Marking plays a central role in teachers’ work and is frequently the focus of lively debate. It can provide important feedback to pupils and help teachers identify
pupil misunderstanding. The PLC’s provide an easy way to do this, but more importantly it is what you expect the student to do once they have received the feedback and how they can act upon it. All of the feedback that we now give within the science department at my school is centered around D.I.R.T (Dedicated improvement reflection time). Teachers are clear in what the students need to do (task based) and more importantly time is built in to lessons to enable this to happen successfully. The methods that we have found most successful for us include:
- A question or bank of questions for students to answer based on what they don’t know alongside carefully scaffolded reading material.
- Guided learning – This was actually something I saw work really successfully in primary schools. The students would be grouped according to the content they need to develop. They are then given an activity based on that topic that will provide them with a lessons worth of independent work. Whilst this is happening the teacher (me) will then take each mini group and teach the content that the students were struggling with usually followed by an exam style question. I have found this works really well with smaller groups and also at KS5. This can be done at any time too so promotes flexibility.
- PLC spreadsheet and the Smith proforma. These provide a clear visual aid to show students how they are progressing.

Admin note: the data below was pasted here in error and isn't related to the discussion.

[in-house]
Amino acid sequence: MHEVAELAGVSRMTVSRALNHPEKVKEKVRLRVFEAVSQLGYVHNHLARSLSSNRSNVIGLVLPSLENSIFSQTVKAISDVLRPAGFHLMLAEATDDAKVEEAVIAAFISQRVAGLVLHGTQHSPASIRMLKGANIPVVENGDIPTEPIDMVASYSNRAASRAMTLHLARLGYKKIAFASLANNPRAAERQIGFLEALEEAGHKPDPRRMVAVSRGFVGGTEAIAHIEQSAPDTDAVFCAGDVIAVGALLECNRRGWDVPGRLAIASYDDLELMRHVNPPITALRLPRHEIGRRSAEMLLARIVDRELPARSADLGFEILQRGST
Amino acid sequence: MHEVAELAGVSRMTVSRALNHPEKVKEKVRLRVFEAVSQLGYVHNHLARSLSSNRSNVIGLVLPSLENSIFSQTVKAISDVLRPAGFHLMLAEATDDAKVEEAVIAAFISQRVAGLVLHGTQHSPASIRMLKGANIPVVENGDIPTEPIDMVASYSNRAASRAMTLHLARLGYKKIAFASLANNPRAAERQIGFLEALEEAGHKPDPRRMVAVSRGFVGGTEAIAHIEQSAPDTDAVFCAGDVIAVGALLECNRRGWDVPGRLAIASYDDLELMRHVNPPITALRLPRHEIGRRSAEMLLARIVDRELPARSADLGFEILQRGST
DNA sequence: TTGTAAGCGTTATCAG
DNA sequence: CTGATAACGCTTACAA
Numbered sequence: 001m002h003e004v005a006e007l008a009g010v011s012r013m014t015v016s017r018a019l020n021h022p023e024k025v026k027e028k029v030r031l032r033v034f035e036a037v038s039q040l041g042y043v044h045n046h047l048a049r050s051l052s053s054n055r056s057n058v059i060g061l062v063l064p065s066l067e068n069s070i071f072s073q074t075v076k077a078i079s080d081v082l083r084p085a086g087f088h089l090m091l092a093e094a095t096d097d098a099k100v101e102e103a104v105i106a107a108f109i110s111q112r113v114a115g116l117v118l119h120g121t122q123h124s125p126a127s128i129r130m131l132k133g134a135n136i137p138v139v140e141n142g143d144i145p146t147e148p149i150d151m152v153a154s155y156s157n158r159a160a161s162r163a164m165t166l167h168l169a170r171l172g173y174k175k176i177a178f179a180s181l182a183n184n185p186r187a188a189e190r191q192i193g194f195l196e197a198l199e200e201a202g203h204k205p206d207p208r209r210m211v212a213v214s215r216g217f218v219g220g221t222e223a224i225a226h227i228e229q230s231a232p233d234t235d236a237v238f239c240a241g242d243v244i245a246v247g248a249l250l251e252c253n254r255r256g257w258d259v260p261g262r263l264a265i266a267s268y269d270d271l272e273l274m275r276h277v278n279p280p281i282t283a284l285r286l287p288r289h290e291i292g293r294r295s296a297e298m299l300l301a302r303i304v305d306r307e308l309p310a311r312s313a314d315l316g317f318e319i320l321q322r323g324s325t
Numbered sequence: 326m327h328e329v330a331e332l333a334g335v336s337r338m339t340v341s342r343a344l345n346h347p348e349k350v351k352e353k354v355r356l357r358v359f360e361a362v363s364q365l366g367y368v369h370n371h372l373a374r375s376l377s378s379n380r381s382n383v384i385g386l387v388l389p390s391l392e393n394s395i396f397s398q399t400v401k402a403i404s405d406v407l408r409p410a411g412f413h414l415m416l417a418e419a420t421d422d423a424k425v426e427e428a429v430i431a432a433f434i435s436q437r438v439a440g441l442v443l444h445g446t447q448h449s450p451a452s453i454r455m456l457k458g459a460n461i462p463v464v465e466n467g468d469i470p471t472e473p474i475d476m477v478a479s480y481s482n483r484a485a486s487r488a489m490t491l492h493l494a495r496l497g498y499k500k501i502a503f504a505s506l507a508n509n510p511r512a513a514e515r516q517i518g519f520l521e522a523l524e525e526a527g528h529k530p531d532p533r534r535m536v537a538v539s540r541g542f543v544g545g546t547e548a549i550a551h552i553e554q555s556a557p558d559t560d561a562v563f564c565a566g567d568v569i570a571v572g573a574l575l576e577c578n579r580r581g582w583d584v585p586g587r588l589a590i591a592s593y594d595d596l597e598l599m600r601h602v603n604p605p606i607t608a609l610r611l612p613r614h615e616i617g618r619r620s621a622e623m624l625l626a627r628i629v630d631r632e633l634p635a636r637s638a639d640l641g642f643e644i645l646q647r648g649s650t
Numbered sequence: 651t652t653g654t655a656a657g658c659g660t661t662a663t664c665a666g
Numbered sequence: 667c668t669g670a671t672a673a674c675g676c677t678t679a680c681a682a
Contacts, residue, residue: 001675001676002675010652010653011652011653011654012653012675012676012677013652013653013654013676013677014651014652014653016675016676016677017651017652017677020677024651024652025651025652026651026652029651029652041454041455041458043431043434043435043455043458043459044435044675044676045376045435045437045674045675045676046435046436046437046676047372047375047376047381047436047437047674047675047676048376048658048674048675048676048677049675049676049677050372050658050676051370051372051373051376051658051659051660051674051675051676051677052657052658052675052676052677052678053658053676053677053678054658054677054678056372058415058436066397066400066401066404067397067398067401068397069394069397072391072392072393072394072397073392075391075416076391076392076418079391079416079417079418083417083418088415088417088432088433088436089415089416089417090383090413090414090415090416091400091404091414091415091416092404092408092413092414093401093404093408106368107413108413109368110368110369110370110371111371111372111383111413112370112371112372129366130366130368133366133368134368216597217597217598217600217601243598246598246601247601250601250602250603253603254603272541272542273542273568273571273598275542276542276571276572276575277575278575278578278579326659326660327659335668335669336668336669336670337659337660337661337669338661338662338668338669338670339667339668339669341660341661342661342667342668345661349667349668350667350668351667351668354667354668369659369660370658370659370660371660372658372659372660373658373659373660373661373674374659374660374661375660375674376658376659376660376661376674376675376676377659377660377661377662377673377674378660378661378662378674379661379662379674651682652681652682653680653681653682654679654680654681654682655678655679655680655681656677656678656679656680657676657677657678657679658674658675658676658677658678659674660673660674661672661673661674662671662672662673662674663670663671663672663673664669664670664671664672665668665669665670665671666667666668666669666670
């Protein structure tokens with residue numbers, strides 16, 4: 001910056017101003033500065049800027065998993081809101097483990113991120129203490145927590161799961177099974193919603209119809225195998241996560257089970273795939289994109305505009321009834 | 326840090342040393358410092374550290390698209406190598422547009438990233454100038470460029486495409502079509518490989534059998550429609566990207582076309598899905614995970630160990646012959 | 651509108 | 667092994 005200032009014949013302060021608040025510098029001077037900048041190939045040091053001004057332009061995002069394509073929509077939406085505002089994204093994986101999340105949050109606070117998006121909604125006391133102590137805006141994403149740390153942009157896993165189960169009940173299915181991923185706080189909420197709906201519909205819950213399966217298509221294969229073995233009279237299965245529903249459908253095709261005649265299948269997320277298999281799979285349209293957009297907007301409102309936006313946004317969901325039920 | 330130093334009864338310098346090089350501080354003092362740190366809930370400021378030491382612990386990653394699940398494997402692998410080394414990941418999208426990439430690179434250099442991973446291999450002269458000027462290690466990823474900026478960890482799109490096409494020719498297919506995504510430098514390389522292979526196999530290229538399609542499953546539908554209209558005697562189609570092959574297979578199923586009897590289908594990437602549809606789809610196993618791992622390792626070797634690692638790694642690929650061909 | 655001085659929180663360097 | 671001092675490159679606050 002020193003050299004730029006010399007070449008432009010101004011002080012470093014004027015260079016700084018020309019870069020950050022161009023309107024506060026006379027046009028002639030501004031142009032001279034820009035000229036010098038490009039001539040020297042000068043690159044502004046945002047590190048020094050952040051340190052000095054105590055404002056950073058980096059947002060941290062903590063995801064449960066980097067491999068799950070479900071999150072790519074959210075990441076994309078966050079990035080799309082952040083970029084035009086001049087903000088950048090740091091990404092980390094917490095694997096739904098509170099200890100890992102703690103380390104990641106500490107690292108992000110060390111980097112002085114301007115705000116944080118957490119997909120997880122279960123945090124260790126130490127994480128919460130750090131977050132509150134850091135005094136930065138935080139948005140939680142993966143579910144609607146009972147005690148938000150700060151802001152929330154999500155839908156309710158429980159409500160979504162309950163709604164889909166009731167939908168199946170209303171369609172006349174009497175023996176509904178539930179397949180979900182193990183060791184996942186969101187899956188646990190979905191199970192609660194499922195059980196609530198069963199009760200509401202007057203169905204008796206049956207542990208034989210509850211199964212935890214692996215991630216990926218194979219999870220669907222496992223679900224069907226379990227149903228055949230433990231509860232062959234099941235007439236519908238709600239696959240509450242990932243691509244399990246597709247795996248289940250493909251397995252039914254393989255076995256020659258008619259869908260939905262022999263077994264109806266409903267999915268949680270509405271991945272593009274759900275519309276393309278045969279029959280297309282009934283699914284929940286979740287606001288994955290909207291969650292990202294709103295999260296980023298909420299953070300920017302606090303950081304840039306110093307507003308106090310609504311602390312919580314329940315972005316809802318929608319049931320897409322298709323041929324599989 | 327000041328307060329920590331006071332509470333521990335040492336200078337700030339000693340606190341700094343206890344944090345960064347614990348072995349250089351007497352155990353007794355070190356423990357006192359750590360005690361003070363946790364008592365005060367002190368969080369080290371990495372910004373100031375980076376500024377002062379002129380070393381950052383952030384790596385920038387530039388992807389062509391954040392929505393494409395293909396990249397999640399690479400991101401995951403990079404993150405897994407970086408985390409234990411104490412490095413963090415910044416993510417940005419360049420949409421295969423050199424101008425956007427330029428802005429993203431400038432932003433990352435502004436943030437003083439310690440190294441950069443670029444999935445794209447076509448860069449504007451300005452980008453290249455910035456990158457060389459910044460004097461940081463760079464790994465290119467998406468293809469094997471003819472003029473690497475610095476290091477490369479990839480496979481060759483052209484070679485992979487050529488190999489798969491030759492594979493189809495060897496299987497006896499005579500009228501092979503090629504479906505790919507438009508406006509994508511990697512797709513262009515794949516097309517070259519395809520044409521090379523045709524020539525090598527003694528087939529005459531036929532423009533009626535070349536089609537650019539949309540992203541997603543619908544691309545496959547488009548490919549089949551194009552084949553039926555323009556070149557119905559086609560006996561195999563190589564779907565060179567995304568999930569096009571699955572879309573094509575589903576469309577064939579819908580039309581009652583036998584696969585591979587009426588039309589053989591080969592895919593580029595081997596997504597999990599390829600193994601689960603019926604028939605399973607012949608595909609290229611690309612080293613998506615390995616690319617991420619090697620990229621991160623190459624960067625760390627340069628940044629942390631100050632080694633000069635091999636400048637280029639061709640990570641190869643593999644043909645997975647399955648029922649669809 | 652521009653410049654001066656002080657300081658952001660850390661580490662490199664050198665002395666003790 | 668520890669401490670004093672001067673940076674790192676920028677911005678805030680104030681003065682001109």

- Carefully scaffolded tasks or worksheets.
- Students to create revision cards based on topics they need to develop
- Walking talking mocks or walking talking marks.
Stage 5: But do they get it?
This is possibly the most important stage of the cycle- seeing if the hard work has paid off! It is vital that once we have completed the ‘therapy’ part of the cycle that we ‘re-test’ the learning of our students. We need to know whether it has made an impact…Now this could be completed in many ways:
- Sitting the same assessment paper
- Sitting a different assessment paper
- Effective questioning
- An exam question
- Online testing system such as educake, show my homework or tassomai
- A practical
- Multiple choice questions
Stage 6: Non- negotiables
Once this cycle was trialed as a department we came together and looked at the pro’s and con’s of embedding this. We tweaked schemes of learning, amended PLC’s, devised assessments both within the lesson and after the topic that would test the content we had been teaching- we had done the hard bit! It was at this point, after the ‘hard slog’ that we decided as a team what our non negotiable’s were:
- Embedding of assessment opportunities throughout the schemes of learning that address the PLC statements
- Ensuring that the assessment links to the criteria you have set out on your PLC
- Students self assess- reflection is important!
- Teachers need to assess student progress and build in DIRT time and tasks bespoke to the learning needs of the student or group
- DIRT tasks need to be clear, structured and well scaffolded to allow students to access them
- Students need to complete them (yellow box from teacher toolkit has revolutionised our marking!)
- Testing needs to address the learning that has taken place through the therapy sessions
We have now been applying these strategies for the past 3 years with our KS3 students and it is working effectively. We have scrutinised our schemes and this rejuvenation has enabled us to really raise the engagement level (how can we not- science is just awesome!), develop practical skills in line with what is required at GCSE and really tackle assessing as accurately as possible. As a team (and wonderful they are!) we are now in the throws of replicating this structure at GCSE and hope this provides a smooth transition into the brave new world of science GCSE’s.
When a teacher teaches, no matter how well he or she might design a lesson, what a child learns is unpredictable. Children do not always learn what we teach. That is why the most important assessment does not happen at the end of learning – it happens during the learning, when there is still time to do something with the information.
Dylan Wiliam, 2011